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Facility Maintenance Decisions

Roofs: Inspection, Conditions and Coatings





By Thomas A. Westerkamp   Roofing

OTHER PARTS OF THIS ARTICLEPt. 1: Extending Roof Coating Life, Protecting FacilitiesPt. 2: Specification Issues for Roof CoatingsPt. 3: This Page
Roof Coating

Applying roof coatings to protect roof systems and extend their performance lives is a proven strategy for many institutional and commercial facilities, but coatings are not cure-alls. They will not take the place of preventive roof maintenance, and they cannot restore failing roof systems. For roof coatings to deliver their intended benefits, managers need to pay close attention to the ongoing inspection and repair of existing roof systems.

During annual roof inspections and maintenance, workers need to remove all debris, dirt and flammable material such as leaves, pine needles, and construction material. They also need to carefully check seams that run through areas of ponding water using a pick and reseal them where separations have occurred. Applying a special ponding roof coating in these areas or bridging them with a ponding mat can greatly extend the life of the roof covering.

Workers also need to check downspouts for blockages and clear them to prevent backups onto the roof through the scuppers. If they do not perform this cleaning often or thoroughly enough, water can damage the roof covering, enter facilities, and damage the interior. The cost of repair can easily climb into the thousands or even tens of thousands of dollars, and occupants can be disrupted for months while repairs are ongoing.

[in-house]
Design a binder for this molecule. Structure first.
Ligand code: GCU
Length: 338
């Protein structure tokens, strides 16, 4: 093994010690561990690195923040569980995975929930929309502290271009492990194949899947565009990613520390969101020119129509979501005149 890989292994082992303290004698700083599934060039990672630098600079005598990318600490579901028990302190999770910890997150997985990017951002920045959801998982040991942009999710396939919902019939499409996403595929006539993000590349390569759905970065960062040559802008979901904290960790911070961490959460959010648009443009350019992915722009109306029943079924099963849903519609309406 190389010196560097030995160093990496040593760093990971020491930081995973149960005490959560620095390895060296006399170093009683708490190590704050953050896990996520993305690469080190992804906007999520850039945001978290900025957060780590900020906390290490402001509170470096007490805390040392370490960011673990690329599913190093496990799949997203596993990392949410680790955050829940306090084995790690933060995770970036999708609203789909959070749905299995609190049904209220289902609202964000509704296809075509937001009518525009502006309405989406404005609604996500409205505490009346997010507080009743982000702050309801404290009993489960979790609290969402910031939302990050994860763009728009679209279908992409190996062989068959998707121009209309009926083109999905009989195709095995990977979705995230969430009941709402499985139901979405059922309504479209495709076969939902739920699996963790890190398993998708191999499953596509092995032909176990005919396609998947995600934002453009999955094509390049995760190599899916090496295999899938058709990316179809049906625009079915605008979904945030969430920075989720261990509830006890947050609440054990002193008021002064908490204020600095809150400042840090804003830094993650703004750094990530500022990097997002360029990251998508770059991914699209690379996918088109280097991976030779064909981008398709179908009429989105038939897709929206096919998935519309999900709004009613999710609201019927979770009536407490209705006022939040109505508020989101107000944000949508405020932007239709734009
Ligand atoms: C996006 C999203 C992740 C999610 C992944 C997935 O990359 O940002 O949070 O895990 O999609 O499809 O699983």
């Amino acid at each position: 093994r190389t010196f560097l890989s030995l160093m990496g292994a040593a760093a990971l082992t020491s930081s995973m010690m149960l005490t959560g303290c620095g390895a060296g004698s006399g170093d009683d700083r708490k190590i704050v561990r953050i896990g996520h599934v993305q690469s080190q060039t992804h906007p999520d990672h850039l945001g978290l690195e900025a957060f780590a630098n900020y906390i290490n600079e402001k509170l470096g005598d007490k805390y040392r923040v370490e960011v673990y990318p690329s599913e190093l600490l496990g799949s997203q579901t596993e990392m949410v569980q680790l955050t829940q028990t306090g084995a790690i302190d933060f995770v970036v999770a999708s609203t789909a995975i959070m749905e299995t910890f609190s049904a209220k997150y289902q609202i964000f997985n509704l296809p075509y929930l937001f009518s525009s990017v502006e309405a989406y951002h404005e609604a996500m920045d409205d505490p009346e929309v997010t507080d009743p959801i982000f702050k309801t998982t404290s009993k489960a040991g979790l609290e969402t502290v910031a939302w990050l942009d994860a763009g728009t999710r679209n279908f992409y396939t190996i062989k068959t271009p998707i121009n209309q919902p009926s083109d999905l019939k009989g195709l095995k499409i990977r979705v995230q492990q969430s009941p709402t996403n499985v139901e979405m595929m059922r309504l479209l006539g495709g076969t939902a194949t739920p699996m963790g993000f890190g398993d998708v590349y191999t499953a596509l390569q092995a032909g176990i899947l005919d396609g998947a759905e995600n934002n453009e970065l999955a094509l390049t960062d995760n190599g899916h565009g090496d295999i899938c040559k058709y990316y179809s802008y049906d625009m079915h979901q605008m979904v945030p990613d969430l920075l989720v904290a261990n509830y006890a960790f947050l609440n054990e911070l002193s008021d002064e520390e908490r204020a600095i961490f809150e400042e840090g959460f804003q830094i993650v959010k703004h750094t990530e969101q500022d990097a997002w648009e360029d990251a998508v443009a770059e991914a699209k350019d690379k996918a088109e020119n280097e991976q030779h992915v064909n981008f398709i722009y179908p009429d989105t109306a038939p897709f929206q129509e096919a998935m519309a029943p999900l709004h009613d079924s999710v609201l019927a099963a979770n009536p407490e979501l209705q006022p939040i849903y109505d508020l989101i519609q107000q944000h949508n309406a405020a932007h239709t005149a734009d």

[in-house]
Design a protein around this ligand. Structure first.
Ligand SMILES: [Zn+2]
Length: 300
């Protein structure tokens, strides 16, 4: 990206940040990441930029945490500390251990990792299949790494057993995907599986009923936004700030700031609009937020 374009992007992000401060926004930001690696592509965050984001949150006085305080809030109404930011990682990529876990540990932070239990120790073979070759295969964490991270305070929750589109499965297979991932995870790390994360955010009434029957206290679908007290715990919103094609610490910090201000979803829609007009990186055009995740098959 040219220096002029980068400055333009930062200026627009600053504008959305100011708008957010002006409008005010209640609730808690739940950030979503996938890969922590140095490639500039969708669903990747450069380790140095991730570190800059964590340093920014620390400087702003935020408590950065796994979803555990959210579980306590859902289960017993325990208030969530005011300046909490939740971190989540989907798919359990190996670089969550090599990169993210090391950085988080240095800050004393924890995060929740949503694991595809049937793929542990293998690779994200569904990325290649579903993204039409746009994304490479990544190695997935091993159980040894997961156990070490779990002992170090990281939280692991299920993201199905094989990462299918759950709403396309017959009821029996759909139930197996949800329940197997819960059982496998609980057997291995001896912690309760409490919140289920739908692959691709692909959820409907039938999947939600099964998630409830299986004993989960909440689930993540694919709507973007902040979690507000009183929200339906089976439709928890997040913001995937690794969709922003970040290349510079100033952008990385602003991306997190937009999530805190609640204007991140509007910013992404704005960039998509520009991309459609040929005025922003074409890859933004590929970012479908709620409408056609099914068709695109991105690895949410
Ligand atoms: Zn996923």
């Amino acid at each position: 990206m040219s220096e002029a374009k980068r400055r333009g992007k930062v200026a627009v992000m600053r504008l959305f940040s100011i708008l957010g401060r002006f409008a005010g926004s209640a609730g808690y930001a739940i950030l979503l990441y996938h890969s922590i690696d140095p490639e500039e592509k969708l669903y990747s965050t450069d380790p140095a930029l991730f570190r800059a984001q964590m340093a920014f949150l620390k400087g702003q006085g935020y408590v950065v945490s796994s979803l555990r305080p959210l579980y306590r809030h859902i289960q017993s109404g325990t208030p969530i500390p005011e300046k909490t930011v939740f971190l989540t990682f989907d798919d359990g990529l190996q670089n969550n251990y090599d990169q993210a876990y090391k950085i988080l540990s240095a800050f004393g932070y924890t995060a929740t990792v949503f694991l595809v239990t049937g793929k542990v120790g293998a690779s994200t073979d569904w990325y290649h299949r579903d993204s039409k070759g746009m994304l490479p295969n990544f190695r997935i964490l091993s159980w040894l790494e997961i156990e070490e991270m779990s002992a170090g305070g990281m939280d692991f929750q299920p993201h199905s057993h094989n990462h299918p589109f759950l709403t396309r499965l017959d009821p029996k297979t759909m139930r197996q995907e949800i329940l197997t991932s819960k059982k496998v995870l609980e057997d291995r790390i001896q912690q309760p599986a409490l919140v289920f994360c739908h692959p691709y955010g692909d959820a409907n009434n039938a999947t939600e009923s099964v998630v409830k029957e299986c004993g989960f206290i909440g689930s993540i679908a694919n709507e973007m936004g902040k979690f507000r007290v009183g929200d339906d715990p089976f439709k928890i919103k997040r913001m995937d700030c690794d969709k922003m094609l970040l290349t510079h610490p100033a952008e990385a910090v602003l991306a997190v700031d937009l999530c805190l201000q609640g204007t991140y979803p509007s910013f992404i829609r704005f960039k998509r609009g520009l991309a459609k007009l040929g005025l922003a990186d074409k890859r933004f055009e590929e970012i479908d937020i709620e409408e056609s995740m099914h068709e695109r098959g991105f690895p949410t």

In areas where high winds, hurricanes, or tornadoes are a threat, workers need to take precautions to protect damage to the roof surface from flying objects, such as tree branches, landscaping stones, stacked firewood, and outdoor furniture.

Finally, workers need to take special care during coating application to ensure that both the roof membrane and coating are adhered sufficiently to prevent liftoff. Roofing is either mechanically attached or fully adhered. Mechanically attached roofing is attached to the insulation by a screw and plate fastened through the roofing into the insulation every 6 inches at the edge. A fully adhered roofing system is either self-sticking or glued to the insulation so that every square foot is bonded. To determine the roof type, a worker can go on the roof on a windy day and observe the way the roofing behaves. If it is fully adhered, it will hardly flutter at all, but if it is mechanically attached, it will flutter in waves.

— Thomas A. Westerkamp


Continue Reading: Roofing

Extending Roof Coating Life, Protecting Facilities

Specification Issues for Roof Coatings

Roofs: Inspection, Conditions and Coatings



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  posted on 11/6/2019   Article Use Policy

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